“It’s probably the dish I have the most fun with just because it’s kind of like it’s me on a plate,” Stewart says.

Stewart enjoys learning all types of cooking, savory or sweet. She aims to be a complete leader and to become as competent as possible. Below, she drops some knowledge about the St. Louis food scene and Detroit-style pizza.

What’s the best thing you’ve ordered recently at a local bar or restaurant? It was at Lucky Complice. It’s an asparagus dish, and it was literally a dumpling of nori aioli and five or six pieces of grilled asparagus mixed with yuzu ponzu, and it was so simple, and it’s just kind things that I really like because I like gastronomy. It was one of the best dishes I’ve had, honestly, in years. And it brought me back to eating poke in Hawaii on my honeymoon.

What is the best style of pizza? I’m a Detroit-style pizza maker. So I’ve never been a big fan of pizza à la Saint-Louis. I didn’t grow up eating it. I love Detroit style pizza. I love it. Like when Porano was open. I had a slightly modified version of the Detroit style pizza. I think it has to do with the lightness of the dough. My favorite types of bread are big but light and airy, like focaccia, and that’s what Detroit-style pizza reminds me of. I also love the look of the caramelized cheese around the edge of the crust turning almost black, but it’s so good.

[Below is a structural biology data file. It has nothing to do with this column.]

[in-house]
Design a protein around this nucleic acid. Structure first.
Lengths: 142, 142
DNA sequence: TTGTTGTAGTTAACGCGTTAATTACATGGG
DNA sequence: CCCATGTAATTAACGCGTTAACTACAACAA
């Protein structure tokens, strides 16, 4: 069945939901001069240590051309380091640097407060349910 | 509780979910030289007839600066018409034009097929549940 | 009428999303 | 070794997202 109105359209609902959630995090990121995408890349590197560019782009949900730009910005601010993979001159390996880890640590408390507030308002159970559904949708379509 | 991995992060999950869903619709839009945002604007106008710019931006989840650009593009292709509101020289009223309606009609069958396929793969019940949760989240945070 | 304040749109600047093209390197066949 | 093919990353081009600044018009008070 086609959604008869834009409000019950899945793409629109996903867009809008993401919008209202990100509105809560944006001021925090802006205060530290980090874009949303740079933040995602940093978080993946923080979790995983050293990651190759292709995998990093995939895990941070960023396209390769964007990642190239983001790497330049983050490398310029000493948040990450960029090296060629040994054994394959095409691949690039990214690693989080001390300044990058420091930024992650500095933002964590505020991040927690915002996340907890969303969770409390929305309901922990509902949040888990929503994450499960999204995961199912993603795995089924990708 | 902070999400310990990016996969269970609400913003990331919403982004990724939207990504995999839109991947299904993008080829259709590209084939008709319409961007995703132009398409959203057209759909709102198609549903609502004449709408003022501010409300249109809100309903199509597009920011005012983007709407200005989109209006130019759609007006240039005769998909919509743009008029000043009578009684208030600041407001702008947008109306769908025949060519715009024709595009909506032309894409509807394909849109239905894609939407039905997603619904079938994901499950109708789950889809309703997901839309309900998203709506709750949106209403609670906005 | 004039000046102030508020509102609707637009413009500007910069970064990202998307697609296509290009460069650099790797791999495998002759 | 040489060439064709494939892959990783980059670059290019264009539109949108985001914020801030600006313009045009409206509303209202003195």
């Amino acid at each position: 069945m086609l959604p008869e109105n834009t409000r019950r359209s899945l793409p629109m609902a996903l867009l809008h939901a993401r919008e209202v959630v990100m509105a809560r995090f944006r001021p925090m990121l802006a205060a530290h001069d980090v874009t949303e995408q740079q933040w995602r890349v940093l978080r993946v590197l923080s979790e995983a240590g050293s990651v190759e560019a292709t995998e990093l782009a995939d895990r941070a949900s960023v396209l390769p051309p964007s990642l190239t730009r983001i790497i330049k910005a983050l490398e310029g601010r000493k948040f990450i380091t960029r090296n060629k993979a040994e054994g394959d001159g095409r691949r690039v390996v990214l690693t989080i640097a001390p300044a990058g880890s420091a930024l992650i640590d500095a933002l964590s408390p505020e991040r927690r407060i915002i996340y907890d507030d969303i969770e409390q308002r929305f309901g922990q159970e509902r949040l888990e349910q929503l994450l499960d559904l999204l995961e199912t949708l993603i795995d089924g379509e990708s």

What is your favorite culinary memory? Honestly, this was probably only the first meal I’ve had at Niche as a whole, as it was so unlike anything I’ve ever had before. You know, I grew up here, but I grew up in Fenton, and we ate at chain restaurants and my parents weren’t in the local restaurant scene just because they never grew up like that. And therefore work at Strange [Donuts] integrated me into local restaurants and culture. And then Niche really introduced me to what food can be and it ranges from baking to savory, and that’s what made me want to learn more about savory working there. Just a tasting menu at Niche was probably the best flavor memory I have, as it shaped who I am as a pastry chef and as a person in our industry today.